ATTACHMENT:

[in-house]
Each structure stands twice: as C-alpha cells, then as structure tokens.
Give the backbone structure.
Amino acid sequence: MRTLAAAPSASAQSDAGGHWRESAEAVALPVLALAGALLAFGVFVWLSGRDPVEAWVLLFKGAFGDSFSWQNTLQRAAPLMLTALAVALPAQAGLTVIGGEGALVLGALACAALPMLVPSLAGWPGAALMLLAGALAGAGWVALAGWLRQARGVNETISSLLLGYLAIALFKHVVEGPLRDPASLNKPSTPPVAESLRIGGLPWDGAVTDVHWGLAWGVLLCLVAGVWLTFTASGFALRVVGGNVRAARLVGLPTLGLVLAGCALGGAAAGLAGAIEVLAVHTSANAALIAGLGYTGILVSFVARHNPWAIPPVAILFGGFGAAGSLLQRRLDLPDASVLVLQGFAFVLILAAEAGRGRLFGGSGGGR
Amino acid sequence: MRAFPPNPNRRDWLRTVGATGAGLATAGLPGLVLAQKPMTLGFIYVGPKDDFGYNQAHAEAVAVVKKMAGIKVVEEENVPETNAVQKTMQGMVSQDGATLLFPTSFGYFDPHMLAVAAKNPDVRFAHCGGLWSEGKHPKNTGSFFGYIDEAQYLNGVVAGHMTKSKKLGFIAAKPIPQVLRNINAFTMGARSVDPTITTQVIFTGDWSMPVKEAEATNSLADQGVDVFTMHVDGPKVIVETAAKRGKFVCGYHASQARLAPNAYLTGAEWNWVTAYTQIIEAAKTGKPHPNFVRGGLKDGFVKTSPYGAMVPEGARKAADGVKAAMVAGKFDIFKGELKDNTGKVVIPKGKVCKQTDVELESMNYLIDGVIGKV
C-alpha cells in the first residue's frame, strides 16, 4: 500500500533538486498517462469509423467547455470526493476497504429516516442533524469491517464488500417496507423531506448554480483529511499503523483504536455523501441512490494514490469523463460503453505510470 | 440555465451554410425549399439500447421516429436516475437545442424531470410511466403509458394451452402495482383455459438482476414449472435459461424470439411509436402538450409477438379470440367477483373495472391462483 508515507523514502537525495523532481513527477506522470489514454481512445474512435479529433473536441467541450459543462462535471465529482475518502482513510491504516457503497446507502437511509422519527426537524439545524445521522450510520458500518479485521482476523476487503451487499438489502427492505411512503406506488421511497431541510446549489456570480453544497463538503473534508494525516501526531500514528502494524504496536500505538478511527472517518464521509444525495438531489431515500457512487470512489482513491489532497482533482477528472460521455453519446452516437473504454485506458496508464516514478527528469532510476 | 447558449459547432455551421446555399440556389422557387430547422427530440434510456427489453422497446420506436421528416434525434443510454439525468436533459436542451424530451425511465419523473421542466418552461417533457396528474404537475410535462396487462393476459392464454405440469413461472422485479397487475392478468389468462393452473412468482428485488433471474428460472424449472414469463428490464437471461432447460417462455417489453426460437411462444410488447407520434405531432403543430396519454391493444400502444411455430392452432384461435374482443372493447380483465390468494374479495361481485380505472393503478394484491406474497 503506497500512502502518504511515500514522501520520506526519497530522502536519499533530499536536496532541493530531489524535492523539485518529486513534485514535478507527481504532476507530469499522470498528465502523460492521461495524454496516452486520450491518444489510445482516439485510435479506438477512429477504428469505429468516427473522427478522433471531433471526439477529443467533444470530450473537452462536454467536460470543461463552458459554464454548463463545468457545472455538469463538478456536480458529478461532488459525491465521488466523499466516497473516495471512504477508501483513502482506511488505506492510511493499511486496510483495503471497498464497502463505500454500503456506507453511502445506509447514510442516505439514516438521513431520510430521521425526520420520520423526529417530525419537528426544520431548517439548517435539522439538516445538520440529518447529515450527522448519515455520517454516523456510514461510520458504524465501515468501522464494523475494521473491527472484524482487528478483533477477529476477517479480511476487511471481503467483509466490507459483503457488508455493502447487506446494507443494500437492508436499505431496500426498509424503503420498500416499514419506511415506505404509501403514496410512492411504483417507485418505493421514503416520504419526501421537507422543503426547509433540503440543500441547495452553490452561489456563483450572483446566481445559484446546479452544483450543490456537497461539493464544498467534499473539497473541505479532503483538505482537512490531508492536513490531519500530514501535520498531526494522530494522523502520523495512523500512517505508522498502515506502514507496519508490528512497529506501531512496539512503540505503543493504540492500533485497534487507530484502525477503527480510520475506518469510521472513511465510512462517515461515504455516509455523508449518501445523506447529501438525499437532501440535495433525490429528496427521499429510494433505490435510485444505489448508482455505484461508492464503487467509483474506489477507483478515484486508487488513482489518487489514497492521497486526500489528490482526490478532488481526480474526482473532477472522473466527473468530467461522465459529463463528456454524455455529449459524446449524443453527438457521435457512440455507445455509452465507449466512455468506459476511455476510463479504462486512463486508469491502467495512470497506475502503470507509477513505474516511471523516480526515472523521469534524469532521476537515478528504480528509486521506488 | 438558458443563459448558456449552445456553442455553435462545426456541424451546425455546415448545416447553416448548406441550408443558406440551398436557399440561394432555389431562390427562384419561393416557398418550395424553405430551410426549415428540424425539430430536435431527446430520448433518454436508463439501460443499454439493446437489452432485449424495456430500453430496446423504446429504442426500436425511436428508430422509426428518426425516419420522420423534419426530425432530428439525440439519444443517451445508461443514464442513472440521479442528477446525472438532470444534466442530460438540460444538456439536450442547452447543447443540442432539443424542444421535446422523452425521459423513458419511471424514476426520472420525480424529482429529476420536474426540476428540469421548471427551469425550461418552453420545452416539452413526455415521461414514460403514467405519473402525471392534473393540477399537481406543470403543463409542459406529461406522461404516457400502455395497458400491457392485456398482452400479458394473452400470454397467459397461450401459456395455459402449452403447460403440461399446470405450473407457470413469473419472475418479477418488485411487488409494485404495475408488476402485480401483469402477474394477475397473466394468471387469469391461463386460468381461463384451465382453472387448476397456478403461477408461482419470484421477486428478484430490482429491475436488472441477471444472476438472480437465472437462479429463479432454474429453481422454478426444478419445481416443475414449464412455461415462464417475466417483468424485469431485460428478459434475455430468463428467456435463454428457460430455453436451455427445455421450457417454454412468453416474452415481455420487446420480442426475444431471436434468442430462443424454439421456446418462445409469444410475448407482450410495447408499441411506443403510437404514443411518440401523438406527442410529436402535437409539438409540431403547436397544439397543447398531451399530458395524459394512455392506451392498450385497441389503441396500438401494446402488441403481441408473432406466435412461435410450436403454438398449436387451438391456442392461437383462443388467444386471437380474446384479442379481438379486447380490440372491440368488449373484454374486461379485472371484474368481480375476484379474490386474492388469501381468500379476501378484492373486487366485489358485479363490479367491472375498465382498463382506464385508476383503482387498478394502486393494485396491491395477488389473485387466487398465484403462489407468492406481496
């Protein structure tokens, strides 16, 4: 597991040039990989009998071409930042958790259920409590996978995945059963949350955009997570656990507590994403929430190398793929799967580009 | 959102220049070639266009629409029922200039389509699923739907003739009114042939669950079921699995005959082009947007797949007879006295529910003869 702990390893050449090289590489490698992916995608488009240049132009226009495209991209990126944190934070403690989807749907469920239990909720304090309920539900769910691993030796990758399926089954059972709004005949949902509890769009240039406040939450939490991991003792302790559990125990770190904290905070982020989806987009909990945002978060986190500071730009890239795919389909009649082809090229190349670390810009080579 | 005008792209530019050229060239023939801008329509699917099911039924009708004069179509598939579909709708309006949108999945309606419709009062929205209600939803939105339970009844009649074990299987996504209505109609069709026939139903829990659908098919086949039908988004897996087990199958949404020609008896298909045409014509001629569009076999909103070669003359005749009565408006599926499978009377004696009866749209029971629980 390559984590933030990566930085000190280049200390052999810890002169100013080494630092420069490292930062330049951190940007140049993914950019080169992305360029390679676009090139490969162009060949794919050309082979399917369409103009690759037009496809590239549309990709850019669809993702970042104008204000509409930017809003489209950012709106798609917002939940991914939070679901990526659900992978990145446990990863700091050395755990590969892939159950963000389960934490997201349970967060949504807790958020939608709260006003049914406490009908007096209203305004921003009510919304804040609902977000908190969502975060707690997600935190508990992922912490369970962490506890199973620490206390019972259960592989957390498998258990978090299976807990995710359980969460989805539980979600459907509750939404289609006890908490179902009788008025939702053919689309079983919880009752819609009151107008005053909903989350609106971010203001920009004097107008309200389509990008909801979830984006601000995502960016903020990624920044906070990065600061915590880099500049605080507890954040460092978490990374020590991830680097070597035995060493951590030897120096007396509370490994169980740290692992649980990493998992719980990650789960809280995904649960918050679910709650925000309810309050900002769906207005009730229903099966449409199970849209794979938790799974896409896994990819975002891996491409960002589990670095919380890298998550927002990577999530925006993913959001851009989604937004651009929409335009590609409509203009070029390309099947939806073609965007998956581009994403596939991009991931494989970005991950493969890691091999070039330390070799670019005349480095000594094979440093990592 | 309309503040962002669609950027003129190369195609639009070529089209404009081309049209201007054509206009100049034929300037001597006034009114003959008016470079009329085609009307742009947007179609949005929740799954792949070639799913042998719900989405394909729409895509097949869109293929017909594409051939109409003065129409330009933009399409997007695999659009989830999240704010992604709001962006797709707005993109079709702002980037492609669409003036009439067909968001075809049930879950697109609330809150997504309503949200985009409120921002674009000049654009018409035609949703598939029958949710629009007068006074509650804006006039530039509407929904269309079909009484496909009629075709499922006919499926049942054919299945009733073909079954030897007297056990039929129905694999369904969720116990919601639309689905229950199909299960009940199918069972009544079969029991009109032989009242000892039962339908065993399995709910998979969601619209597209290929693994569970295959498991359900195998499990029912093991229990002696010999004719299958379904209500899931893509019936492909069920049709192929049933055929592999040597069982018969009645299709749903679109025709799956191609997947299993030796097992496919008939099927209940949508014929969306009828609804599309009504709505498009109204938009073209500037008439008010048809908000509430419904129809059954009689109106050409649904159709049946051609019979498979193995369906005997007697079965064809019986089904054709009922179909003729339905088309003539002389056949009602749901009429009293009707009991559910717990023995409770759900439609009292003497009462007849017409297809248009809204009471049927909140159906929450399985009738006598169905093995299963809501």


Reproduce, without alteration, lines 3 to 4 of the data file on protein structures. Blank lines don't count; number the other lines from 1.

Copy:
Give the backbone structure.
Amino acid sequence: MRTLAAAPSASAQSDAGGHWRESAEAVALPVLALAGALLAFGVFVWLSGRDPVEAWVLLFKGAFGDSFSWQNTLQRAAPLMLTALAVALPAQAGLTVIGGEGALVLGALACAALPMLVPSLAGWPGAALMLLAGALAGAGWVALAGWLRQARGVNETISSLLLGYLAIALFKHVVEGPLRDPASLNKPSTPPVAESLRIGGLPWDGAVTDVHWGLAWGVLLCLVAGVWLTFTASGFALRVVGGNVRAARLVGLPTLGLVLAGCALGGAAAGLAGAIEVLAVHTSANAALIAGLGYTGILVSFVARHNPWAIPPVAILFGGFGAAGSLLQRRLDLPDASVLVLQGFAFVLILAAEAGRGRLFGGSGGGR